How would you define your personality?
Are you reserved, outgoing, laid-back, or high-strung? How would you define the personalities of the people you live, work, and spend your free time with?
If you’re not sure, then it’s time to start investing in understanding the personalities around you. This ability can not only enhance your personal relationships by increasing empathy, but can have a positive impact on your professional life, as well.
Understanding your personality
It can be hard to identify our personality traits on our own, so we suggest gathering information about ourselves by looking at and listening to others.
For example, if someone tells us that we’re overbearing - maybe we don’t want to hear it, so we dismiss it. But if another person says the same about us, then that’s a signal that we have a personality trait that we might not want to address or acknowledge.
It’s important to remember that information we hear about ourselves doesn’t come from neutral sources, so it might not always be something we can hear right away.
In our recent post we outlined a 3-second process to help us develop our emotional intelligence which can be helpful in tense moments.
Once we have a better understanding of our own personality traits, we have a few options to choose from:
We can “live with it” and choose a life that conforms to our personality.
We can mitigate aspects of our personality, pushing boundaries but not fully changing that aspect of ourselves.
We can actively work to change it.
Understanding other people’s personalities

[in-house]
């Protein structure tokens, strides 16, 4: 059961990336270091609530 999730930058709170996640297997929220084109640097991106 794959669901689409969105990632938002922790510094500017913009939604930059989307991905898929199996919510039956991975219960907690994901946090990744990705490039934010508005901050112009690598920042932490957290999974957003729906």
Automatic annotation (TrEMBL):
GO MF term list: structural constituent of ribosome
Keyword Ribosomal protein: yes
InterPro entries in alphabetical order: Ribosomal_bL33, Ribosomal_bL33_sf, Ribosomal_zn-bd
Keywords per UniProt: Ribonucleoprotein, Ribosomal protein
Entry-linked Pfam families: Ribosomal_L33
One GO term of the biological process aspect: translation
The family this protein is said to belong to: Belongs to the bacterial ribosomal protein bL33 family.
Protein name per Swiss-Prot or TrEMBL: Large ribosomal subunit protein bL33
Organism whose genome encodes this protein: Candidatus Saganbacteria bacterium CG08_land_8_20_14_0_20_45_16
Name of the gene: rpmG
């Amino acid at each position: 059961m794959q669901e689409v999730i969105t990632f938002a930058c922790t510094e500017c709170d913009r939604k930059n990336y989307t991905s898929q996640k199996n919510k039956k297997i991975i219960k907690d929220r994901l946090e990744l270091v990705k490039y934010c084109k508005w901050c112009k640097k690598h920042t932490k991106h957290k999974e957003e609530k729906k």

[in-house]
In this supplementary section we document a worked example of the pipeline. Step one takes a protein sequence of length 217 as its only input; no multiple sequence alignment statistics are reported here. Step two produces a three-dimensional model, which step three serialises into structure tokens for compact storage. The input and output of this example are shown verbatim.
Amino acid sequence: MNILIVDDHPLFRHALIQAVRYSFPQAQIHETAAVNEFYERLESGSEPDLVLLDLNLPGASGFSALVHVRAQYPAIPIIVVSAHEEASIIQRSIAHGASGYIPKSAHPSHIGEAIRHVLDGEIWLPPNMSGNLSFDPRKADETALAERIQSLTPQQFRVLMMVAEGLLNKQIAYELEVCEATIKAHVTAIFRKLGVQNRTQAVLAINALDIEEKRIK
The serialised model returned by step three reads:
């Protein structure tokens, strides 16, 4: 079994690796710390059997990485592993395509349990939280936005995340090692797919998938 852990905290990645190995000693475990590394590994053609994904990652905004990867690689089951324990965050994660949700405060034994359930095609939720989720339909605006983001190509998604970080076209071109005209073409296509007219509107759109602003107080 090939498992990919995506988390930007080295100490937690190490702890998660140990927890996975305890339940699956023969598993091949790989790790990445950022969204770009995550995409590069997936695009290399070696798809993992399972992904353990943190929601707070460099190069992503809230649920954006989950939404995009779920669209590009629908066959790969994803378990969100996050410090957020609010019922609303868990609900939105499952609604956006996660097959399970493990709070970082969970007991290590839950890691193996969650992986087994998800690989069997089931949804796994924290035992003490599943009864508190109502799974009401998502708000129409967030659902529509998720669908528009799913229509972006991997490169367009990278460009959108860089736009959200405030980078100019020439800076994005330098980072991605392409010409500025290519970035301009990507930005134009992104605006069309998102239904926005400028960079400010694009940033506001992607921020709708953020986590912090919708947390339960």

Individuals with high emotional intelligence are also good at understanding what makes other people tick. They take the time to observe, ask questions, and assess others in a nonjudgmental way.
A great way to understand how other people react to stressful situations and times of change is developing your understanding of change management. This knowledge can help us navigate stressful situations at work successfully, and without conflict.
For example, if you know that your temper tends to flare up when you’re working under a tight deadline, explain to your team:
“I know I have a tendency to let my emotions get the better of me when I’m overwhelmed. I’m doing my best to stay level-headed, even though I’m stressed.”
The simple act of being honest with others creates opportunities for trust and empathy, which are connective and motivate teams to work together.
Understanding how other people react to change can also help us stop taking other people’s personality traits personally. While it can be easy to take things personally, it’s important to determine if their behavior is based on something you did, or if it’s just how that individual expresses themselves.
Using the information
Knowing your personality allows you to shape your future by creating the right situations for yourself, and by being empathetic towards others.
For example, if you have a tendency to lead, and like thinking “big picture”, then that’s an indication that you might want to pursue a role in management, or in the C-Suite.
Conversely, if you love digging into nitty-gritty problems, seeking out a technical career where problem-solving is a big part of your day would probably be more well-suited to your personality type.
By developing your emotional intelligence and an understanding of how others react to change, you can use this knowledge to your advantage when choosing your career path.
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You can also register for our upcoming emotional intelligence online certifications, or join us in-person in Saskatoon on November 6, 2019.